Thursday, December 27, 2007

Automatic and Manual

Automatic methods are good: they accomplish a task for you. Manual methods are twice better: you have the job done _the_way_you_like_it_ and, at the same time, you are acquiring a skill.
If you have ever tried to shim a magnet, you know that manual adjustments can be discomfortable. For example, shimming an aceton solution is not as simple as shimming a DMSO solution. Trimming Z1 alone is simple, but optimizing 10 gradients is more time consuming, to say the least, etc... In summary, there are many reasons why manual methods can become unpractical: long reaction times; mutual dependence of the parameters to be adjusted; extreme distance from the optimum; weak response.
These reasons have often been removed, in the field of NMR processing. Twenty years ago, when there weren't so many automatic methods, manual processing was painful and time consuming, but there was no alternative. Today's programs are so automatic that don't even ask you if you want your spectrum processed. They do it and that's all. Vendors say they save your "precious time". How much time? Not more than 1 minute, I guess.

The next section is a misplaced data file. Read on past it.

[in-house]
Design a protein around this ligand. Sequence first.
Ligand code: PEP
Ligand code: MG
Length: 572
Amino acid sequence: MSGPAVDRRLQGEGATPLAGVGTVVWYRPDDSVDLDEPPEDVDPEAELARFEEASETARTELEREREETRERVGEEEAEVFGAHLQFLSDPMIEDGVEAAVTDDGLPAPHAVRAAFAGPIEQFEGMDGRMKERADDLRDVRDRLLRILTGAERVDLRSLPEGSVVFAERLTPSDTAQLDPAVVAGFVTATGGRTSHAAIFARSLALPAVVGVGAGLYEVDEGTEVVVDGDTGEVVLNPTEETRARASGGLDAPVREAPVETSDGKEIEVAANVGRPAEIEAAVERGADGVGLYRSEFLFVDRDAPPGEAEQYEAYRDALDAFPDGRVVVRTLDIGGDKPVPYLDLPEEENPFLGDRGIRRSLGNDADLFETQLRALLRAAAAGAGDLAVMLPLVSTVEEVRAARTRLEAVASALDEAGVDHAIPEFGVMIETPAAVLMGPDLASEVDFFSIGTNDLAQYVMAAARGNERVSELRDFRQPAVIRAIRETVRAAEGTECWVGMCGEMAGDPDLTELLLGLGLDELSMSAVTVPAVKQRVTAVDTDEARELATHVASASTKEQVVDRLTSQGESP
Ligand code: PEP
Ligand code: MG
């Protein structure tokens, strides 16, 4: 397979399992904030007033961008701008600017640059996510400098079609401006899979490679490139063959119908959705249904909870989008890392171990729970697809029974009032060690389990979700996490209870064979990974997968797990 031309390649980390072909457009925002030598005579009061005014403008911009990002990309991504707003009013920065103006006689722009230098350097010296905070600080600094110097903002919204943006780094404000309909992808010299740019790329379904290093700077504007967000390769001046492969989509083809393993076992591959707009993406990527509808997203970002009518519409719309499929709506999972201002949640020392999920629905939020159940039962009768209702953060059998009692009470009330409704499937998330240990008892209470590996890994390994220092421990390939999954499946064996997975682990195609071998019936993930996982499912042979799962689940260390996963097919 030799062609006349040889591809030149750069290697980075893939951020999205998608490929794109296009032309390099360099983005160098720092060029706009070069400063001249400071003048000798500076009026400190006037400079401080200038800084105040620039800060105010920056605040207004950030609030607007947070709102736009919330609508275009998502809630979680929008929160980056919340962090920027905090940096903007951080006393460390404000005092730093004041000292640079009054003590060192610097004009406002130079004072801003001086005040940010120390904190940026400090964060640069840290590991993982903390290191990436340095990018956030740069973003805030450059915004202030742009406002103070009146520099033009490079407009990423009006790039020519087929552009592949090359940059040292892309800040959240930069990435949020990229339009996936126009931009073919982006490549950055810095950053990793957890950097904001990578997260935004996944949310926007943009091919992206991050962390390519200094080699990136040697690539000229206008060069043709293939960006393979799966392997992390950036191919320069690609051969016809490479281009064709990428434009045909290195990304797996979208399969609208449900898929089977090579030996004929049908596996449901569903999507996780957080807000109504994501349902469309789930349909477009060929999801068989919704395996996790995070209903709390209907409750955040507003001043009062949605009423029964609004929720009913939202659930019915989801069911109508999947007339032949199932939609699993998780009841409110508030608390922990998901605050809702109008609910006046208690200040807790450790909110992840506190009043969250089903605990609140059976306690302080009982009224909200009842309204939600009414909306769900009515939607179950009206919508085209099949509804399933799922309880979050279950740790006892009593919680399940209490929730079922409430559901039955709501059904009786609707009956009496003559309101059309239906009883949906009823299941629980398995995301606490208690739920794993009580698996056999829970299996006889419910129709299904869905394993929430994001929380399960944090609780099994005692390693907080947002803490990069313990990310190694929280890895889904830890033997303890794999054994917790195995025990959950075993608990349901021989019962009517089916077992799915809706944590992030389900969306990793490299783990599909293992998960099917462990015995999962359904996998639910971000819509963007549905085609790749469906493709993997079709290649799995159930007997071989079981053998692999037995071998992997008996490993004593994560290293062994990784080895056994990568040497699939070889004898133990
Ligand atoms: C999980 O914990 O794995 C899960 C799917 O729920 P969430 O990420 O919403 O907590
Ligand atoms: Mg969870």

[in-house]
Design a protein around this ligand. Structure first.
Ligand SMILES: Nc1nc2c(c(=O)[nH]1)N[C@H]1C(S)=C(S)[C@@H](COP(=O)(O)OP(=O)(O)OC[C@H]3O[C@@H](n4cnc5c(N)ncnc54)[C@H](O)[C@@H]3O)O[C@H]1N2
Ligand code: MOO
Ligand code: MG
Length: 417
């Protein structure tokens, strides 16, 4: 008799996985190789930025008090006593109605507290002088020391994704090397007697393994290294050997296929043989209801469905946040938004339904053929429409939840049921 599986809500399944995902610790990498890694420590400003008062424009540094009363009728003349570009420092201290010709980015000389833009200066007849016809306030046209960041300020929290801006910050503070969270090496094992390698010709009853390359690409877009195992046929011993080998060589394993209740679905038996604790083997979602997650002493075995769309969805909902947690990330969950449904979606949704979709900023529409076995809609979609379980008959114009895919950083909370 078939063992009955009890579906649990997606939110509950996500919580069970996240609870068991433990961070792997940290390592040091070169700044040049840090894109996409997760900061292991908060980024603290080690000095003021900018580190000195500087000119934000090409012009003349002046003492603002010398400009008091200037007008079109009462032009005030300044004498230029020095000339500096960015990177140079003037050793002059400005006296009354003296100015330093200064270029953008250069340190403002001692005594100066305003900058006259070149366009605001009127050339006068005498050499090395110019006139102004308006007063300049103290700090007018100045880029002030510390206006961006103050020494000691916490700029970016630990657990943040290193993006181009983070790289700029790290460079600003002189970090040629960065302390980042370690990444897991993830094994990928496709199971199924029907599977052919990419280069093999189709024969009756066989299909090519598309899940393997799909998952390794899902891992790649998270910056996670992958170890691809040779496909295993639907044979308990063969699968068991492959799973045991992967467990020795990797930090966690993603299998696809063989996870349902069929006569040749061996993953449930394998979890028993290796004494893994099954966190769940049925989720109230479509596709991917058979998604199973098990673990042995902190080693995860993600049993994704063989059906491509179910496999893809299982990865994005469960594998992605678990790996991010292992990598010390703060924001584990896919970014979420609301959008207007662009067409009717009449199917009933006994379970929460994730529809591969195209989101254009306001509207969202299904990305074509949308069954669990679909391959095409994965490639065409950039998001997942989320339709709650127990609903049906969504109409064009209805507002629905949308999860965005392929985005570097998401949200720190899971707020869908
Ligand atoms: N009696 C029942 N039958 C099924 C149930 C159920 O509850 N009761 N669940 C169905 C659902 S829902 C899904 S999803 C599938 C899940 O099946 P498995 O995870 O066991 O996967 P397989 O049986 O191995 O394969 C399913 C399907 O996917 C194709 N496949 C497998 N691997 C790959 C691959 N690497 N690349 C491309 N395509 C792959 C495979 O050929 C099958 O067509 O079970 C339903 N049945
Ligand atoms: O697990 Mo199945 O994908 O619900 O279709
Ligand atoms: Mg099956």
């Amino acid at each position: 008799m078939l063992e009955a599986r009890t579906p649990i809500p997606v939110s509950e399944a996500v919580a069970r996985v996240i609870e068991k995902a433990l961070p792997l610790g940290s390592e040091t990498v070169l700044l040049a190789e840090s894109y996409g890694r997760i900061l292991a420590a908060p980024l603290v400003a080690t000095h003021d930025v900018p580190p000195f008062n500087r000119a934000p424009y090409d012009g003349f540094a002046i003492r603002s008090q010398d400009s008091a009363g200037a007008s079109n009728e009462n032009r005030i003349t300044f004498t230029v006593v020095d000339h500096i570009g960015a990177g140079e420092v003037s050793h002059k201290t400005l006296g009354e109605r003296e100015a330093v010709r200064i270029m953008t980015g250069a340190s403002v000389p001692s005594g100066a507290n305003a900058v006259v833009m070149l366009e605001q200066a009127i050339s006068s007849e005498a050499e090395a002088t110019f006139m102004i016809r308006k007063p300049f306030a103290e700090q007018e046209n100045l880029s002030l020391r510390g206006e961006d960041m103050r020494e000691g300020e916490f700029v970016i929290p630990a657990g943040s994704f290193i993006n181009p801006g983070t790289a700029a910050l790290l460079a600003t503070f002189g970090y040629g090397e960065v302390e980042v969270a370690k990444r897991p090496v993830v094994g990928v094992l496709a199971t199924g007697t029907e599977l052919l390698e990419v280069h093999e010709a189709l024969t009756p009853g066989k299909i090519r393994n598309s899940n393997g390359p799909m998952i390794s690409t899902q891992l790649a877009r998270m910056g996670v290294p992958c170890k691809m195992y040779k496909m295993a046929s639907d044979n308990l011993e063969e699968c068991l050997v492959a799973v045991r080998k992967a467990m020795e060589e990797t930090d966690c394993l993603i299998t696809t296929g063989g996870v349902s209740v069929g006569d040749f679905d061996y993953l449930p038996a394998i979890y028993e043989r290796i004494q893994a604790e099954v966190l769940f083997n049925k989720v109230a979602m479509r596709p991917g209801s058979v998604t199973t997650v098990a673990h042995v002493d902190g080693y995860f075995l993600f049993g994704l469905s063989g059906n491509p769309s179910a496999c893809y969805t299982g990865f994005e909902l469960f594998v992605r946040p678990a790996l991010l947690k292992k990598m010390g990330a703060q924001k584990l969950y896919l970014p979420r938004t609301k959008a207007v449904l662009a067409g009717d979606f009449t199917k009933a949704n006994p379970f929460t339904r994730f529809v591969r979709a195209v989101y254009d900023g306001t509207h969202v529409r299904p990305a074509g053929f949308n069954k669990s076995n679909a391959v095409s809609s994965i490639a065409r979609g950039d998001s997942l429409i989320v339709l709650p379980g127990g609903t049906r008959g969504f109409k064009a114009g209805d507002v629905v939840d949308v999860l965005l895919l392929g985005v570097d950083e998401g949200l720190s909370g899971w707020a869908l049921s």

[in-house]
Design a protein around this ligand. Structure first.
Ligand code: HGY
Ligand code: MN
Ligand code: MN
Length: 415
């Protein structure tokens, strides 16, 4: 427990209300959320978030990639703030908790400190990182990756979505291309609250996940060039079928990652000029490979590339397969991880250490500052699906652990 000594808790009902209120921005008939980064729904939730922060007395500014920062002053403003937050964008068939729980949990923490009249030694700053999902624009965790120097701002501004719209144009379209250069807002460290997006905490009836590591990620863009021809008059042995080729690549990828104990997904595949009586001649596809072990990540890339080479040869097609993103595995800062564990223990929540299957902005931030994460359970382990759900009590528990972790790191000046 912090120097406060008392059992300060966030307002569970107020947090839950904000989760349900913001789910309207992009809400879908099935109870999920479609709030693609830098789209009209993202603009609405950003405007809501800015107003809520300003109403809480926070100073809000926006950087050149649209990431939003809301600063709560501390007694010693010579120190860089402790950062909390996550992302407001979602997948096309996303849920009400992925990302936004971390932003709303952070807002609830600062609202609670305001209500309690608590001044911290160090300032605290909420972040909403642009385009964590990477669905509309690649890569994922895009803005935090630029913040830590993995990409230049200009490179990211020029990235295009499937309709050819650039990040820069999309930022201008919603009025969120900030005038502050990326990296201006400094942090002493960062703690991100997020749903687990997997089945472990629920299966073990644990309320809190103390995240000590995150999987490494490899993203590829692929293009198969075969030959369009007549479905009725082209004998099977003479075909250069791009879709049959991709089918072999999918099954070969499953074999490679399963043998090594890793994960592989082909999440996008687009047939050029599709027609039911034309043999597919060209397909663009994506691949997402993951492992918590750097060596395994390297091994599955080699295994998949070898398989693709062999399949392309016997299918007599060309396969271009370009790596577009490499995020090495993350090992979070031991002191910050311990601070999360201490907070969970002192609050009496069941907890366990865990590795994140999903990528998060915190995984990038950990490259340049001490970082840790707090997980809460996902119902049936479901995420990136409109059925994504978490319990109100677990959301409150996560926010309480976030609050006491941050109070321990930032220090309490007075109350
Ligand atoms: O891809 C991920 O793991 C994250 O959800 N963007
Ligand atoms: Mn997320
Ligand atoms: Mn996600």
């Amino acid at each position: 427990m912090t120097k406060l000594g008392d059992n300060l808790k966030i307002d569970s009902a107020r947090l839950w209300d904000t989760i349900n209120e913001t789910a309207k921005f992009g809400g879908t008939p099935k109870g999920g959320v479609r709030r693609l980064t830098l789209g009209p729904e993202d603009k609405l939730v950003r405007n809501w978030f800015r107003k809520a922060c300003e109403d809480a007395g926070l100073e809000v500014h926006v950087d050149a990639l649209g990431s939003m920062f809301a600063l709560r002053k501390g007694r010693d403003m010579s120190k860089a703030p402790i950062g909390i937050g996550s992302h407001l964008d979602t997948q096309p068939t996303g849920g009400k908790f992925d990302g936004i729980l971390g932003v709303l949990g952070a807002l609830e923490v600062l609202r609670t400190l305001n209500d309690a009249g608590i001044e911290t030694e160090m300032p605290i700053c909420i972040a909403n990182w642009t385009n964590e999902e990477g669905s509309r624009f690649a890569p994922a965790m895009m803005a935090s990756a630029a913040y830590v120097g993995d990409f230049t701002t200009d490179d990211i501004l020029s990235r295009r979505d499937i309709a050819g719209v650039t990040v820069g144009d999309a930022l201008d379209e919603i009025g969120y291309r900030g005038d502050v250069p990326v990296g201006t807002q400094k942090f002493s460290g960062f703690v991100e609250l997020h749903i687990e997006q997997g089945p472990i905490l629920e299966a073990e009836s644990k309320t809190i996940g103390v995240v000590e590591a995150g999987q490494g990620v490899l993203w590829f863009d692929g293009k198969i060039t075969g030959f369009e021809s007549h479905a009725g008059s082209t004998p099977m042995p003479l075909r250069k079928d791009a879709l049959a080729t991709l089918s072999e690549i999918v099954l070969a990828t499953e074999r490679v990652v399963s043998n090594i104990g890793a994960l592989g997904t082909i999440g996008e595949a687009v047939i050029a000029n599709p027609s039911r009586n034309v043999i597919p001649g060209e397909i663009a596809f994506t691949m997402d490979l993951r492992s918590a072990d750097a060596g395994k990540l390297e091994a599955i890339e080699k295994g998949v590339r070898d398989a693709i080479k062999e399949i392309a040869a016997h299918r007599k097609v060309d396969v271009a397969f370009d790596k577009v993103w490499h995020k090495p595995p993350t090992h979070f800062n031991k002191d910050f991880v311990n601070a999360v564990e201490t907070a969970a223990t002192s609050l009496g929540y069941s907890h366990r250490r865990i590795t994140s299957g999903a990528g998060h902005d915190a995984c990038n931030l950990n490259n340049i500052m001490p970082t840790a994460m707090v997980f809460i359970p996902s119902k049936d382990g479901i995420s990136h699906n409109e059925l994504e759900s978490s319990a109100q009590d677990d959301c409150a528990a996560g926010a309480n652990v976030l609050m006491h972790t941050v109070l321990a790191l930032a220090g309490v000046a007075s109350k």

Manual methods remain more flexible and precise. Thanks to faster computers, (rare) faster software, improved graphics and peripherals and increased knowledge, the reasons why manual methods used to be cumbersome and frustrating have been removed. Tomorrow's manual processing has little to share with past experiences... unless nobody cares. And it seems that nobody cares! Automatic methods have far more marketing potential, that's for sure.


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